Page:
I’ve had many, many people (co-workers, family, friends) ask me about my future as a travel nurse in January. Most people ask, “Where are you going first?” or some variation of this question. The answer is, “I don’t know yet, it’s complicated.” This is followed by a lengthy, not always interesting explanation of how this whole process works. So if you’re one of those people who are wondering what it takes to get to your first travel nurse position, this post is for you!
Step 1: Find a recruiter or two. This means researching companies, reading lots of reviews, crowd-sourcing from travel nurse groups, and finding recommendations from real travel nurses. There are hundreds of options, so if you find a company with good reviews and a recruiter at the company with lots of recommendations, try seeing if that recruiter will work with you! Now you have to call them and tell them what your priorities are for choosing assignments: location, size of hospital, good housing, great overtime pay, etc. Then you fill out the paperwork and submit all of the requirements to the recruiter’s company.
Step 2: Get some licenses. I’ve heard over and over that you shouldn’t interview for jobs if you don’t have a license for that state in your hand. Some states take many, many months to license you after you submit all of their requirements, so if you’re planning to start traveling at a certain time, you need to start applying for licenses pretty early. (Some states are compact states, meaning your home state license will work there, but my home state license works no where but in my home state. Some states will issue a license same day or week, but those states are not always places you want to go.)
Step 3: Apply and interview for jobs. 4-6 weeks before start dates hospitals will start posting their traveling needs. Your recruiter(s) will be looking for jobs that begin around the time you’re wanting to start, and start asking if they can submit your profile or resume to certain places. You look at the pay and the location and either agree to be submitted or not. Once you’re submitted, you wait and hope that the manager there likes your profile and wants to interview you. If they do, they arrange a phone (or video) interview and of course after interviewing and asking them a lot of questions about the position, you and they both have to make a decision. They’ll either offer you the job or not, and you’ll accept or not. You work out your contract with your recruiter, trying to negotiate for higher pay or better housing or whatever.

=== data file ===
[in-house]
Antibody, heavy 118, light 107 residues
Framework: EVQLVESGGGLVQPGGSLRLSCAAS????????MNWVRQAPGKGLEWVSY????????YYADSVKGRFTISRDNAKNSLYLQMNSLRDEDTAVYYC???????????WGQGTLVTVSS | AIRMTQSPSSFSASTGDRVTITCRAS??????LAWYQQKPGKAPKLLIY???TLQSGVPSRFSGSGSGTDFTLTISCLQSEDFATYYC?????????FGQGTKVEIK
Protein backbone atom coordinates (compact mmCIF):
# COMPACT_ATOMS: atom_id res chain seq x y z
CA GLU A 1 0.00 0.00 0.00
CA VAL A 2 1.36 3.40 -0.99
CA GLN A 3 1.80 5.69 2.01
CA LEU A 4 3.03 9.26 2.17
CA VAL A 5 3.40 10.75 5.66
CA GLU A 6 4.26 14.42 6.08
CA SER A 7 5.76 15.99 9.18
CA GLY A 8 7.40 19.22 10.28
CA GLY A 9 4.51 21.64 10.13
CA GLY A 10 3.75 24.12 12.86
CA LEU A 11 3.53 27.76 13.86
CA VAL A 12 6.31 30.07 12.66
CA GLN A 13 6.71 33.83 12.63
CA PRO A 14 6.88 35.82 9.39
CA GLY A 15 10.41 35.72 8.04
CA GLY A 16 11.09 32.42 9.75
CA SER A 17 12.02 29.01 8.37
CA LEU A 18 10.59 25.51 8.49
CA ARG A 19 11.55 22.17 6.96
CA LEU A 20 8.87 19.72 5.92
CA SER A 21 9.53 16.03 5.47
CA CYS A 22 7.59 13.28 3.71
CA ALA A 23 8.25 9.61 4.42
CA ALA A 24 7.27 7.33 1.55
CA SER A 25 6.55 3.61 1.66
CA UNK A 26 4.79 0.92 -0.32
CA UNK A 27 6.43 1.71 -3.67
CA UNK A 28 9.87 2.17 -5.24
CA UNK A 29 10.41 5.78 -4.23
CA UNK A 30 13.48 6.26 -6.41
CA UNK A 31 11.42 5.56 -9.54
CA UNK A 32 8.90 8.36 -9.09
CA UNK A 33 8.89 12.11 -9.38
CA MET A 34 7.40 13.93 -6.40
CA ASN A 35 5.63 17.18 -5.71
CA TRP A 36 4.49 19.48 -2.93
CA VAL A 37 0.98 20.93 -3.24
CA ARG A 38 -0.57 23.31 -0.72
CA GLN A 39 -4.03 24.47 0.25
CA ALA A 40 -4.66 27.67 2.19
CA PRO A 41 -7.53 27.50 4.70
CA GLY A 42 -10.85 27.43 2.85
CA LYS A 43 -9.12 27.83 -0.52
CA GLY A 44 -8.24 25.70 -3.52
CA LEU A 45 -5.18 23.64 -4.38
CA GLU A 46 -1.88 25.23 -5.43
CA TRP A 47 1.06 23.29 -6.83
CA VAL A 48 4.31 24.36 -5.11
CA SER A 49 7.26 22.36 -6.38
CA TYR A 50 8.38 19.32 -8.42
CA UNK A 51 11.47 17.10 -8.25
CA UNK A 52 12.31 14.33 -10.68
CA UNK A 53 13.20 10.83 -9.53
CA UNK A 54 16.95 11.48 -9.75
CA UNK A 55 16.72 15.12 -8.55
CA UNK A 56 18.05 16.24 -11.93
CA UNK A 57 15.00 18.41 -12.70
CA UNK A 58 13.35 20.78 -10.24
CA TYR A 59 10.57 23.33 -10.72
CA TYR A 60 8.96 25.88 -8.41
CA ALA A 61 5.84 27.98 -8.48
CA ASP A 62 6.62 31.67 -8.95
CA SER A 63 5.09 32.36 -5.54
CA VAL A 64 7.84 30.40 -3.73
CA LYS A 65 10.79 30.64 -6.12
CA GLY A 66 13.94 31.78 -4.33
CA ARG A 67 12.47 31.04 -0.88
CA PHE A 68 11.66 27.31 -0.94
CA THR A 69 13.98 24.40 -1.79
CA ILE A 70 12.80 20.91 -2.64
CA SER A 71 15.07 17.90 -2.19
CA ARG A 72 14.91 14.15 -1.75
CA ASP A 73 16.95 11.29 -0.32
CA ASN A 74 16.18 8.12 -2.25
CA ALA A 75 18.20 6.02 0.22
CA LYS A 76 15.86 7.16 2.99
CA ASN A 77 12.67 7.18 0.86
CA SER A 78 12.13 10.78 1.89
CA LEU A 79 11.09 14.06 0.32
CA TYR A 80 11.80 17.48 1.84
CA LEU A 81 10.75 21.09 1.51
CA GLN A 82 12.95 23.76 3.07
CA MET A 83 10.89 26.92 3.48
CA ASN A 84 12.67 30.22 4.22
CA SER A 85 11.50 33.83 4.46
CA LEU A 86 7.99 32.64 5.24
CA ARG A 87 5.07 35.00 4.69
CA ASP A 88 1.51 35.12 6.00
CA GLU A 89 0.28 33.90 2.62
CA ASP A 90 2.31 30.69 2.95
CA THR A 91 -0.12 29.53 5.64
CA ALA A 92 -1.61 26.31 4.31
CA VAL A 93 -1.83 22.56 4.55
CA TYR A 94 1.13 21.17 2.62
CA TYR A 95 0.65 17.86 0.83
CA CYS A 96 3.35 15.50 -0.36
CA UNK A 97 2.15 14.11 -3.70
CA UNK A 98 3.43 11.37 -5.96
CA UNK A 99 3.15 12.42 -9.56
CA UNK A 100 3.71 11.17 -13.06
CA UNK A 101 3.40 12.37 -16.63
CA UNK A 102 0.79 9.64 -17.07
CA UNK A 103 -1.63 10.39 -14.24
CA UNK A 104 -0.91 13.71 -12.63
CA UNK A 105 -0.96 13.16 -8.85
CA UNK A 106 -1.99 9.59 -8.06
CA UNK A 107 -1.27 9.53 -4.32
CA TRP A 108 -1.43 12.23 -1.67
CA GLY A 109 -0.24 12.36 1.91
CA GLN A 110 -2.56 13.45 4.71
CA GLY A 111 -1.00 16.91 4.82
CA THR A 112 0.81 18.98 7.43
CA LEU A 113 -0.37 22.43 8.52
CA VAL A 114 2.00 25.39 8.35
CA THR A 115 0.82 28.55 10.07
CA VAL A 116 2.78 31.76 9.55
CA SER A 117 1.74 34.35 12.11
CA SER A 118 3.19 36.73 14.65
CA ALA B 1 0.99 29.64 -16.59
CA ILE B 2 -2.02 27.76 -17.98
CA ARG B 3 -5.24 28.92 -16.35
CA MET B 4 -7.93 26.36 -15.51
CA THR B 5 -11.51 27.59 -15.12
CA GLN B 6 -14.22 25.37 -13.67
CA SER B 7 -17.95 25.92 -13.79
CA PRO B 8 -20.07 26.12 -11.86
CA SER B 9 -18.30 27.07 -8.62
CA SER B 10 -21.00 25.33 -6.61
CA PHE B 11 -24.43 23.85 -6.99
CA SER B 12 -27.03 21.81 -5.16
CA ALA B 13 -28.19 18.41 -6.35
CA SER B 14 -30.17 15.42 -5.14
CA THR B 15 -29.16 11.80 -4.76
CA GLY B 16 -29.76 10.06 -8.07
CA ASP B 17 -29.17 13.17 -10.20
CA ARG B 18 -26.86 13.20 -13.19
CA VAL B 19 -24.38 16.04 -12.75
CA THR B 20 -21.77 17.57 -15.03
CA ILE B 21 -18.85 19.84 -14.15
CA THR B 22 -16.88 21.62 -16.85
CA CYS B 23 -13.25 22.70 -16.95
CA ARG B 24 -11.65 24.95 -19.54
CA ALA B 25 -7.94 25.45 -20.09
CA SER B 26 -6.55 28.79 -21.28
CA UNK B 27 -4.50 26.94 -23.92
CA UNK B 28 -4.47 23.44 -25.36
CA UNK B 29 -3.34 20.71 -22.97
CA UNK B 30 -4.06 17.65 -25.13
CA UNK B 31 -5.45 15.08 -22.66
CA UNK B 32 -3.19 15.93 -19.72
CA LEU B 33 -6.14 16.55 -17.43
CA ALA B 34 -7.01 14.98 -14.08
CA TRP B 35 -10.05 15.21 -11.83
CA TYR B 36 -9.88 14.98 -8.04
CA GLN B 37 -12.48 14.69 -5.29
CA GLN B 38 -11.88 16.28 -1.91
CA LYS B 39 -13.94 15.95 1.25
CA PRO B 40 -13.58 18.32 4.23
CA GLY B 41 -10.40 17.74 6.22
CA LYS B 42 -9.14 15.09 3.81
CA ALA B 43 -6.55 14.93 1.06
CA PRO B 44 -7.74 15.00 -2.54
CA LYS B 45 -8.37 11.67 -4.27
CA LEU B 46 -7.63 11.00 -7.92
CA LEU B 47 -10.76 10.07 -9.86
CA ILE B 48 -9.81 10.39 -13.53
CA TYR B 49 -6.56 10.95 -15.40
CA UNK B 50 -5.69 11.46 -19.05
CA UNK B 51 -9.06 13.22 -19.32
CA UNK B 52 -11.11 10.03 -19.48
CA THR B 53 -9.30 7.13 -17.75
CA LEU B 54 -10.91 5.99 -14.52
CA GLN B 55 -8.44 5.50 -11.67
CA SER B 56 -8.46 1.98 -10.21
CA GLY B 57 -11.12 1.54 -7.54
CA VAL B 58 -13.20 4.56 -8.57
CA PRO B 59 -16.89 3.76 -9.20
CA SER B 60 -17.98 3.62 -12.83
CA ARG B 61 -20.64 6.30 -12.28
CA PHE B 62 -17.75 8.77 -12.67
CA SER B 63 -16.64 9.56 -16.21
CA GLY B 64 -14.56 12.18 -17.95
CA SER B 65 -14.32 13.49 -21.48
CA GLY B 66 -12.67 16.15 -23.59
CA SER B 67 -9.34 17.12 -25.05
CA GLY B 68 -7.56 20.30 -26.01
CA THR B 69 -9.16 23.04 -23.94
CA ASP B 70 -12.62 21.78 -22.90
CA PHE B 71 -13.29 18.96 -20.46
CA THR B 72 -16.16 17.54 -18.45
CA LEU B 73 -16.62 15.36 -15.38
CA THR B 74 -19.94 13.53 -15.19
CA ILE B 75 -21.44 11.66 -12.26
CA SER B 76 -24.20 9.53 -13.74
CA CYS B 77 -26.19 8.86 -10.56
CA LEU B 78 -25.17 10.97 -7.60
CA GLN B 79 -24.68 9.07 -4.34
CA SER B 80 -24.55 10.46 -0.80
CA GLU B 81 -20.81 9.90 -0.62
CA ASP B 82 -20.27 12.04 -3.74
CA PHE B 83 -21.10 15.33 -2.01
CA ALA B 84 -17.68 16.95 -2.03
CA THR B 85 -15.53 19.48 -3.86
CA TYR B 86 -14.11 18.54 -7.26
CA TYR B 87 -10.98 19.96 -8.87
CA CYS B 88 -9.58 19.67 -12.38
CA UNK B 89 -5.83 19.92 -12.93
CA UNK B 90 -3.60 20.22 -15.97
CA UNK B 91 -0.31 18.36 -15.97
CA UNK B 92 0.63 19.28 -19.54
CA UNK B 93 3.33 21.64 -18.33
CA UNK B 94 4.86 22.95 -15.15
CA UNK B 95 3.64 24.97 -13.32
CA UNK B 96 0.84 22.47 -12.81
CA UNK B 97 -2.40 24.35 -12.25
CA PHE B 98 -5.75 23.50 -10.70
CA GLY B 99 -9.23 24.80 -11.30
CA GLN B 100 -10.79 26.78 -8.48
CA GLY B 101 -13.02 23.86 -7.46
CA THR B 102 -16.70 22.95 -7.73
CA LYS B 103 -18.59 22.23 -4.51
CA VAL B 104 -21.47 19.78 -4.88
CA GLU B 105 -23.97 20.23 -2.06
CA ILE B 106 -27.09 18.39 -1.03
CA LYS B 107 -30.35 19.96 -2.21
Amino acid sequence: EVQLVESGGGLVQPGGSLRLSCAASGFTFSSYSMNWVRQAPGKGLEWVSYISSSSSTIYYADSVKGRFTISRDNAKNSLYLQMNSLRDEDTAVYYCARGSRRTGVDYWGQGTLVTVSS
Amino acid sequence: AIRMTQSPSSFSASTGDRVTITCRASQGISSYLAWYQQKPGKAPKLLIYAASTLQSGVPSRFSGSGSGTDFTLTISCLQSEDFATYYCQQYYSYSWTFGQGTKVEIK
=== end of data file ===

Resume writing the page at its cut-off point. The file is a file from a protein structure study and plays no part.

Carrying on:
Step 4: Move to your new location, practice getting to your unit before the first day, and show up to your new job at the right time!
So there it is! I’m currently in step 2. Even though I want to work in California, that license could take up to 6 months to be issued, and since I want to start in January I’m trying to get a few other licenses so that I have options. I have licenses currently pending in California, New York, Virginia, and Florida and am almost ready to submit my applications for licensing in Texas, Arizona, and Georgia. Then there’s that Hawaii license I need to go after! Which licenses will be ready by November when I start applying for jobs? I don’t know. Which states will have ICU positions in cities I like, in the type of hospital I want (large, teaching hospitals)? I don’t know! And will I even get the positions that I interview for? I don’t know again!
So that is why I can’t predict where I’m going first. It’s all up in the air, but I’m making sure that I don’t put all of my eggs in one basket.